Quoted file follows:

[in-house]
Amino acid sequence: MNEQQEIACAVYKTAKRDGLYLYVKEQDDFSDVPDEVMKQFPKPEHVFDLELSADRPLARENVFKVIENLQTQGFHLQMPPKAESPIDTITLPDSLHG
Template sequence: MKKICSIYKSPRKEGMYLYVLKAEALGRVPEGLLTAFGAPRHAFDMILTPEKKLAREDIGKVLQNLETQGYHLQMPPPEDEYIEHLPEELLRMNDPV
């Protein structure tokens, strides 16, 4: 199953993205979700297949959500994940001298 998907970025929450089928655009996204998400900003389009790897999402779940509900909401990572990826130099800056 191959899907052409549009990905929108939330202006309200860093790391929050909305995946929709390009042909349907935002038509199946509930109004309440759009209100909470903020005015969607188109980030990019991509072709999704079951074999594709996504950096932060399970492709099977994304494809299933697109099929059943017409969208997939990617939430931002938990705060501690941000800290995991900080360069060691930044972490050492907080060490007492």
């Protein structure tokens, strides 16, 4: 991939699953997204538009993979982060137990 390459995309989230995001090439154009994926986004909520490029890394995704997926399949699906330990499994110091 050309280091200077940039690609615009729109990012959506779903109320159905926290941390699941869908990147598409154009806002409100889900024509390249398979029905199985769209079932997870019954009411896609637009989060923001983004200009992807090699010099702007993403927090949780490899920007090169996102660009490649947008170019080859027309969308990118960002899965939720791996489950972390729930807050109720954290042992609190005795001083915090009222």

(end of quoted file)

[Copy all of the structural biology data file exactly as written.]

[in-house]
Amino acid sequence: MNEQQEIACAVYKTAKRDGLYLYVKEQDDFSDVPDEVMKQFPKPEHVFDLELSADRPLARENVFKVIENLQTQGFHLQMPPKAESPIDTITLPDSLHG
Template sequence: MKKICSIYKSPRKEGMYLYVLKAEALGRVPEGLLTAFGAPRHAFDMILTPEKKLAREDIGKVLQNLETQGYHLQMPPPEDEYIEHLPEELLRMNDPV
């Protein structure tokens, strides 16, 4: 199953993205979700297949959500994940001298 998907970025929450089928655009996204998400900003389009790897999402779940509900909401990572990826130099800056 191959899907052409549009990905929108939330202006309200860093790391929050909305995946929709390009042909349907935002038509199946509930109004309440759009209100909470903020005015969607188109980030990019991509072709999704079951074999594709996504950096932060399970492709099977994304494809299933697109099929059943017409969208997939990617939430931002938990705060501690941000800290995991900080360069060691930044972490050492907080060490007492």
């Protein structure tokens, strides 16, 4: 991939699953997204538009993979982060137990 390459995309989230995001090439154009994926986004909520490029890394995704997926399949699906330990499994110091 050309280091200077940039690609615009729109990012959506779903109320159905926290941390699941869908990147598409154009806002409100889900024509390249398979029905199985769209079932997870019954009411896609637009989060923001983004200009992807090699010099702007993403927090949780490899920007090169996102660009490649947008170019080859027309969308990118960002899965939720791996489950972390729930807050109720954290042992609190005795001083915090009222």